Beacon, Shibuya

Food & Drink - September 6th, 2009

by Kelly Wetherille

Billing itself as a “traditional American grill or chophouse executed with a modern sensibility,” Beacon is a rare gem in the center of crowded Tokyo, bringing together great food and a relaxed yet chic atmosphere. A popular lunch destination for young, stylish professionals who work in the surrounding Aoyama area, Beacon is a place to see and be seen.

The lunch menu starts at ¥1,300 and includes fresh, fully loaded salads, unique sandwiches, burgers, and a selection of grilled seafood and meats. Top grade Australian beef is used, and seafood specialties can include anything from swordfish to scallops. On a recent visit I opted for the mahimahi, a tropical dolphinfish that I wasn’t used to seeing on menus in Tokyo. Seared on the outside but juicy and flaky on the inside, it was as good as anything one may find at restaurants in Hawaii or the Caribbean.

The dinner offerings at Beacon are basically an expanded version of the lunch menu, incorporating a wider variety of ingredients and dishes. From time to time there are evening barbecue events, the menu for which includes such American favorites as pulled pork, beef brisket, pork ribs, mashed potatoes, cole slaw, and even fried okra. These events often include live music (mostly jazz), which further helps to set the mood and plant the illusion that the diners have been transported from Tokyo to Boston or New Orleans. The waitstaff speak excellent English, meaning that even the freshest of newcomers can enjoy a relaxing meal without having to worry that their order will be misinterpreted.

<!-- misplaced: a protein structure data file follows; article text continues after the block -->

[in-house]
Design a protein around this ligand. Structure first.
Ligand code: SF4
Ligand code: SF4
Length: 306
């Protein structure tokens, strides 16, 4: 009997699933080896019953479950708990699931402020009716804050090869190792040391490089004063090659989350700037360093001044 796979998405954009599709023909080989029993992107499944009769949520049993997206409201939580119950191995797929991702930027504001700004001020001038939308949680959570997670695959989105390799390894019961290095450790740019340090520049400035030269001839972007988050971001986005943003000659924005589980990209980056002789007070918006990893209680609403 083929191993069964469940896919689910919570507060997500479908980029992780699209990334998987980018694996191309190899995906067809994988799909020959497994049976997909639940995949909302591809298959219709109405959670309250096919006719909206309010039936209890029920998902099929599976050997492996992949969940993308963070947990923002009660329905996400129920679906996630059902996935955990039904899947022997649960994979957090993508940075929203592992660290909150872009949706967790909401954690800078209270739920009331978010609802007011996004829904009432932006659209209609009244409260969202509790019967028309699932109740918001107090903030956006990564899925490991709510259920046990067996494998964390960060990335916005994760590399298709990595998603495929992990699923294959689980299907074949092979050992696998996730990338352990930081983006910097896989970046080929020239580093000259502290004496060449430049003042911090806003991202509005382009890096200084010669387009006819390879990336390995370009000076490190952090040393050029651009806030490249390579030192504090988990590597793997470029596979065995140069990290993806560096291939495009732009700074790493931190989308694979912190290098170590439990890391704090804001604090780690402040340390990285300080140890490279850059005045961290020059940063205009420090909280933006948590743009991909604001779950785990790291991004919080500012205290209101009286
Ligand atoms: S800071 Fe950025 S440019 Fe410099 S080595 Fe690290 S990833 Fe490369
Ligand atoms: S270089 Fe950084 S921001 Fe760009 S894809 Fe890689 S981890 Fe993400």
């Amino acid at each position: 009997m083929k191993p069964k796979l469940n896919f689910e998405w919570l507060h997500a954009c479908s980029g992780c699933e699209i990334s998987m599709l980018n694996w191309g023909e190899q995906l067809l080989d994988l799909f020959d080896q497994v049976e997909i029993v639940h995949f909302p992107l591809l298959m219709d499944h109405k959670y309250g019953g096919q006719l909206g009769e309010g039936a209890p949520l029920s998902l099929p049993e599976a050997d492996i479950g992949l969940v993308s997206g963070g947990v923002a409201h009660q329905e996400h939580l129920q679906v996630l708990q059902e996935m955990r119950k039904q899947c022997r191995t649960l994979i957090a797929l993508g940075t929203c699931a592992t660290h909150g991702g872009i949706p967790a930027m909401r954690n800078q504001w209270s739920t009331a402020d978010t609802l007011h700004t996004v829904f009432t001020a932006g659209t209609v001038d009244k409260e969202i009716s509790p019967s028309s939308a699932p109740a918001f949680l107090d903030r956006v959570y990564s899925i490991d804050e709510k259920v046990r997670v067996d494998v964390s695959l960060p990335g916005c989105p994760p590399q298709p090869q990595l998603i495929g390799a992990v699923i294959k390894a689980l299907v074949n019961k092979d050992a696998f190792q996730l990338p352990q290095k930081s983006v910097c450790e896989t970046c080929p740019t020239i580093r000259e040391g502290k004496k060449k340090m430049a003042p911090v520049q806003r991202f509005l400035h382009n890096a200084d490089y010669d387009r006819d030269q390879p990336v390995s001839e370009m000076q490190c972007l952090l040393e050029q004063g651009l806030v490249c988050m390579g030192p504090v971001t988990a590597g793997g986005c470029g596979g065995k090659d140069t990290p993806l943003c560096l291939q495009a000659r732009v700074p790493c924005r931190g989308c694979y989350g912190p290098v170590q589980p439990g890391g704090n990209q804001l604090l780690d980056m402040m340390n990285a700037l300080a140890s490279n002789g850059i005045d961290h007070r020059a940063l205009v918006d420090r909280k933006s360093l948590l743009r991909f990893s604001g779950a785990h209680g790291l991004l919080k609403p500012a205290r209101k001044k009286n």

For egg and waffle lovers, a brunch menu is added to the regular lunch selections on Sundays and holidays. The hearty omelets are made with three eggs, and the huevos rancheros come with real black beans and spicy sausage links. Although I initially thought the Belgian waffle to be a bit overpriced at ¥2,600, the fresh peach compote and whipped cream topping made it all worth it. Book in advance to get a table by the window for the best people-watching view.